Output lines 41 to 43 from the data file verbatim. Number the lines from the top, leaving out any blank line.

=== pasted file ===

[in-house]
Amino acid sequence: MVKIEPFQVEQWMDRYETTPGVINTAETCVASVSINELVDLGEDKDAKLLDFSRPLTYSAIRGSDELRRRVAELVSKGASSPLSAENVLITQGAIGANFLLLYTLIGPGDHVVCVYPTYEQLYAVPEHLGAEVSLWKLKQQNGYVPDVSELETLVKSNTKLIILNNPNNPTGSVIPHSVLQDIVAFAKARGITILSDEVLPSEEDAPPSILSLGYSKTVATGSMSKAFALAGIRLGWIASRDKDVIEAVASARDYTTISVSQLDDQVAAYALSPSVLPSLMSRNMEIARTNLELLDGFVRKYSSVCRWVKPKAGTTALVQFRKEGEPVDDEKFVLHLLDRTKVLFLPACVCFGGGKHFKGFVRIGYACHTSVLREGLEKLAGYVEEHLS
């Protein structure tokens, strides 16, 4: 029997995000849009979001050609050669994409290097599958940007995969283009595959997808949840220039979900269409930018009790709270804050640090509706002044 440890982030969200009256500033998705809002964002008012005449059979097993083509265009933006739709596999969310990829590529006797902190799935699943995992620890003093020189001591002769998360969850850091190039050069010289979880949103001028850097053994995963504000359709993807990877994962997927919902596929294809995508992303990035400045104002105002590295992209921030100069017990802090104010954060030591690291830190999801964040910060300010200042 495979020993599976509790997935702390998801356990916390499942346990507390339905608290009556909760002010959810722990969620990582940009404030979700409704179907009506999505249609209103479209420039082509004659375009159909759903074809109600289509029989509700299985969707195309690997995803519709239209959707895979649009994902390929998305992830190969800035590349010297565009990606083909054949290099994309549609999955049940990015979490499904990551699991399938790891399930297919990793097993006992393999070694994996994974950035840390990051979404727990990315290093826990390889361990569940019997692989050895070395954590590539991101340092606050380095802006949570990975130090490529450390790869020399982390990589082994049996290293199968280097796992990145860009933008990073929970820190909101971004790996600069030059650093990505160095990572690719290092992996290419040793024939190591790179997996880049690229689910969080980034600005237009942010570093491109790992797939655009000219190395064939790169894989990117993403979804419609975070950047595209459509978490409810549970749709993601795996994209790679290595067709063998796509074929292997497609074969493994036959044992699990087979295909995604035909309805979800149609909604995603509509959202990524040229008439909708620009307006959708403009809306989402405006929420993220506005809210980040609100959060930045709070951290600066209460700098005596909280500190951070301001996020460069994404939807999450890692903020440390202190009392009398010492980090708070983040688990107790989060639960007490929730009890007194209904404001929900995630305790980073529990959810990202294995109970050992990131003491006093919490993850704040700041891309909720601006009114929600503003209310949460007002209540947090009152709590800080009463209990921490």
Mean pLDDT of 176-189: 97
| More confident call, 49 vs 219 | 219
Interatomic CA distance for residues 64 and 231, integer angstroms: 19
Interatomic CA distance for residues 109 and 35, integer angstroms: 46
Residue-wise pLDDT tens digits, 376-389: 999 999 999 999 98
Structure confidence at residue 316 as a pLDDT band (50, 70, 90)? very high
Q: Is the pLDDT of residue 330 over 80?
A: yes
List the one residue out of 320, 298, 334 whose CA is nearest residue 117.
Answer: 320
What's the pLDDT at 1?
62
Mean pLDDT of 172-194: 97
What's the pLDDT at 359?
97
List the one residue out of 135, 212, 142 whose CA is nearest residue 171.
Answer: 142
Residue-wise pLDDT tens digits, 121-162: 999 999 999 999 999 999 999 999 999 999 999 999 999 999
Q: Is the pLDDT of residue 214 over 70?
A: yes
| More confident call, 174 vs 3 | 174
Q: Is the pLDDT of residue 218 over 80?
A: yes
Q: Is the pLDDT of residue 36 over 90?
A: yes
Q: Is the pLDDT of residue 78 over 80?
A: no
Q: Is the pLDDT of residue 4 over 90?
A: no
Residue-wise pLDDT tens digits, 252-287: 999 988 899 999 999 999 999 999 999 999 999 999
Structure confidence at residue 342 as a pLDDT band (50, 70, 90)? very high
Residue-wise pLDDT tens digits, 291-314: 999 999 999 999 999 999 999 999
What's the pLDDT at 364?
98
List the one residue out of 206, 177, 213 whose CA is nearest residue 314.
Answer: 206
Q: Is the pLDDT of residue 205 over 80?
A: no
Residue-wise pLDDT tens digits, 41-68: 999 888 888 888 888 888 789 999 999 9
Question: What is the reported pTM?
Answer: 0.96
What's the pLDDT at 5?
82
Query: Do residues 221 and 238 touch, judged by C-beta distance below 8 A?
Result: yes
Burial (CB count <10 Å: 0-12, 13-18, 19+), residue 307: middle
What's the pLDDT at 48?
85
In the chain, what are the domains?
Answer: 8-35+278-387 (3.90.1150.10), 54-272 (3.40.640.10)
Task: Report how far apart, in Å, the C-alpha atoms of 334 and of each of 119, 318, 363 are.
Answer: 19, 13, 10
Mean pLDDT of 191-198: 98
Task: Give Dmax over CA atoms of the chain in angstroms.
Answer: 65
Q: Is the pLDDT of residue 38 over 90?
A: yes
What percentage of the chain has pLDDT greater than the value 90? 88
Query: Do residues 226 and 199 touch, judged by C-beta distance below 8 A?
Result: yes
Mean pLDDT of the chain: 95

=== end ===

A: no
Residue-wise pLDDT tens digits, 41-68: 999 888 888 888 888 888 789 999 999 9
Question: What is the reported pTM?